Honour for outstanding Bioengineering student

VC Keith Burnett with Saheela Mohammed

Saheela Mohammed, (pictured here with the University of Sheffield's Vice Chancellor Professor Sir Keith Burnett), the recipient of the 2017 Chancellor’s Medal, was honoured with the award during her graduation ceremony this week (Tuesday 18 July 2017) in recognition of her outstanding contribution to the Faculty of Engineering, the University and the wider community of Sheffield.

As a Student Ambassador for the Department of Bioengineering, Saheela has worked tirelessly to address the gender imbalance of engineering, raising the profile of the subject as a career choice for women and inspiring the next generation of female engineers.

Professor Stephen Matcher, Bioengineering Course Director at the University of Sheffield, said: “During her time at Sheffield, Saheela has been an energetic champion for reaching out to others. She has sought to draw interested young people into STEM through her work on outreach programmes and has enthusiastically joined the battle to get more women involved in all branches of engineering.”

During her time as a student in Sheffield, Saheela also led a collaboration with the student societies’ Women in Engineering and Engineers without Borders to deliver 130 STEM outreach workshops to Year 8 students.

“Sheffield will always be a special place for me as I have met the most determined people during my time here, who want each other to succeed.

saheela mohammed, bioengineering graduate & winner of 2017 chancellor's medal

She also played an important role in promoting the children’s book, “Suzie and Ricky – The Crash Landing, created by the Women in Engineering student society at the University of Sheffield. The book introduces children and their families to engineering and was distributed free of charge to hundreds of primary school children throughout South Yorkshire and the UK. The book was also the inspiration of the “Engineering Is…” campaign that launched in November 2016 at the Houses of Parliament.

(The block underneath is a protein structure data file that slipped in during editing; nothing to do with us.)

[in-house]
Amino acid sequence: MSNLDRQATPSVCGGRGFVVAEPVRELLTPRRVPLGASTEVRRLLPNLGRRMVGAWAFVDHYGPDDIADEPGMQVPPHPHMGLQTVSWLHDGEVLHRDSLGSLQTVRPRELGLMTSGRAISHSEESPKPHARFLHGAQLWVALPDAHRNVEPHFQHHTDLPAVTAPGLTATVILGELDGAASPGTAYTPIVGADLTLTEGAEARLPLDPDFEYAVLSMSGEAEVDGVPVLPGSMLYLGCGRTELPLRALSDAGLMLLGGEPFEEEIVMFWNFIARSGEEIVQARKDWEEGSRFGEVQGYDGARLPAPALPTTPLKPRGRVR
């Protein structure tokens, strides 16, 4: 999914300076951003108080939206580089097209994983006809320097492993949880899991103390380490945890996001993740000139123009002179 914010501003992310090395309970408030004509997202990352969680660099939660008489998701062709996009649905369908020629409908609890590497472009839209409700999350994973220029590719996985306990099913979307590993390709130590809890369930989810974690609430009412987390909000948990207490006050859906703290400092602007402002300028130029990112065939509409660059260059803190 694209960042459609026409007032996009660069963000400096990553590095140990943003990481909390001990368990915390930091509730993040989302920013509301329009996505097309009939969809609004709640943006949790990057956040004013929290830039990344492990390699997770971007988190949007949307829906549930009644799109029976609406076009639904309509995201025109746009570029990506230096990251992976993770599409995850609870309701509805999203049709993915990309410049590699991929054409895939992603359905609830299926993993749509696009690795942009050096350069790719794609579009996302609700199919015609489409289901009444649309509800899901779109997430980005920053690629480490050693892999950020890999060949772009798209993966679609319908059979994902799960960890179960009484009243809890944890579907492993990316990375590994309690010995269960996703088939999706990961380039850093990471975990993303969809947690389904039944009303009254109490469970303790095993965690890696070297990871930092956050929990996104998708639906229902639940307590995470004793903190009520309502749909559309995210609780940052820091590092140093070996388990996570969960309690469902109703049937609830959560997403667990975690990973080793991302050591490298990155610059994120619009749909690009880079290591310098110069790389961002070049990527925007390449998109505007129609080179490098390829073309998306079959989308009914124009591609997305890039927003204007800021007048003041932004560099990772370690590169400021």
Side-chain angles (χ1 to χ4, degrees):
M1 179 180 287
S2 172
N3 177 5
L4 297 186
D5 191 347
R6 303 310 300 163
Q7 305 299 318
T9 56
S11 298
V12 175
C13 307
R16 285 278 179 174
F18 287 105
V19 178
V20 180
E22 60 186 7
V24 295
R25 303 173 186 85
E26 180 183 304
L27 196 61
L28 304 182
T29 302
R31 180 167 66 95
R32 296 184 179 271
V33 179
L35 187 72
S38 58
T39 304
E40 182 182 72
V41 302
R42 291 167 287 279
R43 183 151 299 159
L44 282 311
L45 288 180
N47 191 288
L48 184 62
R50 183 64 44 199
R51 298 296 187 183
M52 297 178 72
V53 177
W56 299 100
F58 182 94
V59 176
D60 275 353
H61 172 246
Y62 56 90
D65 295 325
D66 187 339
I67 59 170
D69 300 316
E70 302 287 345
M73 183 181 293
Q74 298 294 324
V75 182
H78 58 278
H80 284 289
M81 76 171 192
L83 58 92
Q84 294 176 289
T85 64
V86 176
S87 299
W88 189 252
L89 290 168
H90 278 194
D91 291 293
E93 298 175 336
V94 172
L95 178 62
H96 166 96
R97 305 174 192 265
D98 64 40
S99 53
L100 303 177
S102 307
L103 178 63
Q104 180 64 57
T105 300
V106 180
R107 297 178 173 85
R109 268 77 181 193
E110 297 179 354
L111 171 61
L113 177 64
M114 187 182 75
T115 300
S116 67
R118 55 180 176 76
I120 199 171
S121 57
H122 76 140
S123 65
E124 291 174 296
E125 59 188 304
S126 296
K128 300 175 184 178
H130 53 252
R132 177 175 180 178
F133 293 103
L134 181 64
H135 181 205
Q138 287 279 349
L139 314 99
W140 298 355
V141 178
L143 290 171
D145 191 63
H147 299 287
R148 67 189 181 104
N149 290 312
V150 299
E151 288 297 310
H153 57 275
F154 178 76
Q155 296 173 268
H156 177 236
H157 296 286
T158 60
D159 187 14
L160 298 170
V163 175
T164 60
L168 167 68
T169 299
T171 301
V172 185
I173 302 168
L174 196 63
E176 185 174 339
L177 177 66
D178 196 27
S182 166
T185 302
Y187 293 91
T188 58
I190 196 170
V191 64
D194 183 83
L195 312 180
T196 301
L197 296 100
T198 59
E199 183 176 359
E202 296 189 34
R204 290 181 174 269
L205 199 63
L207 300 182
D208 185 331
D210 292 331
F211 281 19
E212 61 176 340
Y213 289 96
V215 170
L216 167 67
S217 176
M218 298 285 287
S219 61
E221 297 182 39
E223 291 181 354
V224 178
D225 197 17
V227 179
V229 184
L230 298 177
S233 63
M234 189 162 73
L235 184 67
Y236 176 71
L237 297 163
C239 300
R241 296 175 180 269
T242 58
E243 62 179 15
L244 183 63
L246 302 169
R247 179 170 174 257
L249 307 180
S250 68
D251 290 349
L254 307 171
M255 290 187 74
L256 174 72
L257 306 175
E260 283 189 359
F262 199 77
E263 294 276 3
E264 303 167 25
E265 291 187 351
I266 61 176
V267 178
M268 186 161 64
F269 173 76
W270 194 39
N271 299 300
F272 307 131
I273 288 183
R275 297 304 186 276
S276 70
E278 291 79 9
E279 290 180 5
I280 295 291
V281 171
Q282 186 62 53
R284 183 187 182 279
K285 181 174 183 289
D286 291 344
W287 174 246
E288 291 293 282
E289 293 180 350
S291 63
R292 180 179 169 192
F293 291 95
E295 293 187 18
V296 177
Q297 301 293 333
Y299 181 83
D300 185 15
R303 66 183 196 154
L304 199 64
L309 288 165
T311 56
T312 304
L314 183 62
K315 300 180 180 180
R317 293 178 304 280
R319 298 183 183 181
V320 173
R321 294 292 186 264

"To be the recipient of the prestigious Chancellor's Medal is a great honour and surprise,” said Saheela.

“Education is so important in making a positive impact and I have enjoyed being able to make my contribution through the STEM outreach initiatives offered at the University of Sheffield and hope to continue this in the future.

“Sheffield will always be a special place for me as I have met the most determined people during my time here, who want each other to succeed.

“Having worked extensively with the University’s Women in Engineering team, I am incredibly thankful for their support and guidance in providing workshops and networking opportunities to children and university students. There is a gender gap in engineering and I am proud to have played a part in addressing it."

Faculty Director for Women in Engineering, Dr Gwen Reilly said "Saheela has worked with young women at all age groups becuase it is important that girls realise early on that engineering is a great career, it is encouraging to see that more female school pupils now consider engineering to be a suitable career for them and that must be related outreach work Saheela and her peers are doing to demonstrate the creative and innovative aspects of engineering"

On top of this, Saheela has also participated in several open days, primary and secondary school outreach programmes, mentoring schemes and STEM visits as an inspirational role model and advocate for women in engineering. 

Notes to editors

The Department of Bioengineering at Sheffield

To find out more about studying Bioengineering at the University of Sheffield please visit: https://www.sheffield.ac.uk/bioengineering/home

Engineering is

The "Engineering is" campaign, launched by the University of Sheffield and backed by the Royal Academy of Engineering and Sheffield Central MP Paul Blomfield, includes a children’s book written by student engineers from the university as well as online games, lesson plans for teachers and information on different engineering careers.
It aims to challenge perceptions of engineering and inspire primary school children, particularly young girls, to consider studying engineering at university.